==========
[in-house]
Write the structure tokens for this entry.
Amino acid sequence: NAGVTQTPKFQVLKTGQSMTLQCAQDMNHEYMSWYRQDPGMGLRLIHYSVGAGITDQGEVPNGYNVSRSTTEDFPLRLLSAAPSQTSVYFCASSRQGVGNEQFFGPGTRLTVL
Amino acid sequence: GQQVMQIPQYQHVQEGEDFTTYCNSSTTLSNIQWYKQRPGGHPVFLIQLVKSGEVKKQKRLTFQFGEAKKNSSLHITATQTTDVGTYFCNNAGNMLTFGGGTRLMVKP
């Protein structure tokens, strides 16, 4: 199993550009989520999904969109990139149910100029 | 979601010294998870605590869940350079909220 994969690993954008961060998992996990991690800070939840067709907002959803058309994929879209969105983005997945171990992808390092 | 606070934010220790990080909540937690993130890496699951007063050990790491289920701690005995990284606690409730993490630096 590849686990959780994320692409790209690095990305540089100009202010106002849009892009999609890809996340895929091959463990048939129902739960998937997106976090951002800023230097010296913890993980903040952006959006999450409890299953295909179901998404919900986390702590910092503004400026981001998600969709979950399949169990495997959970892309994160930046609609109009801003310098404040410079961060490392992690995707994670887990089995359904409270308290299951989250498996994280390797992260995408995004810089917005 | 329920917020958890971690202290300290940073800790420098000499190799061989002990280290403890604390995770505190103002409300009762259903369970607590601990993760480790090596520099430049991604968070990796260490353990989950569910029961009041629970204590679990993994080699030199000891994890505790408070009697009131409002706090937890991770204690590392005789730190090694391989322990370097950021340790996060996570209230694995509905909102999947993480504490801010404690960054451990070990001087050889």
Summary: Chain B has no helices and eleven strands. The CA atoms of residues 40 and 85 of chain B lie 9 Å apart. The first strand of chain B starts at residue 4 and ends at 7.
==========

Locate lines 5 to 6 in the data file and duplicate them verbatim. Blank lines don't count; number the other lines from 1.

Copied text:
């Protein structure tokens, strides 16, 4: 199993550009989520999904969109990139149910100029 | 979601010294998870605590869940350079909220 994969690993954008961060998992996990991690800070939840067709907002959803058309994929879209969105983005997945171990992808390092 | 606070934010220790990080909540937690993130890496699951007063050990790491289920701690005995990284606690409730993490630096 590849686990959780994320692409790209690095990305540089100009202010106002849009892009999609890809996340895929091959463990048939129902739960998937997106976090951002800023230097010296913890993980903040952006959006999450409890299953295909179901998404919900986390702590910092503004400026981001998600969709979950399949169990495997959970892309994160930046609609109009801003310098404040410079961060490392992690995707994670887990089995359904409270308290299951989250498996994280390797992260995408995004810089917005 | 329920917020958890971690202290300290940073800790420098000499190799061989002990280290403890604390995770505190103002409300009762259903369970607590601990993760480790090596520099430049991604968070990796260490353990989950569910029961009041629970204590679990993994080699030199000891994890505790408070009697009131409002706090937890991770204690590392005789730190090694391989322990370097950021340790996060996570209230694995509905909102999947993480504490801010404690960054451990070990001087050889």
Summary: Chain B has no helices and eleven strands. The CA atoms of residues 40 and 85 of chain B lie 9 Å apart. The first strand of chain B starts at residue 4 and ends at 7.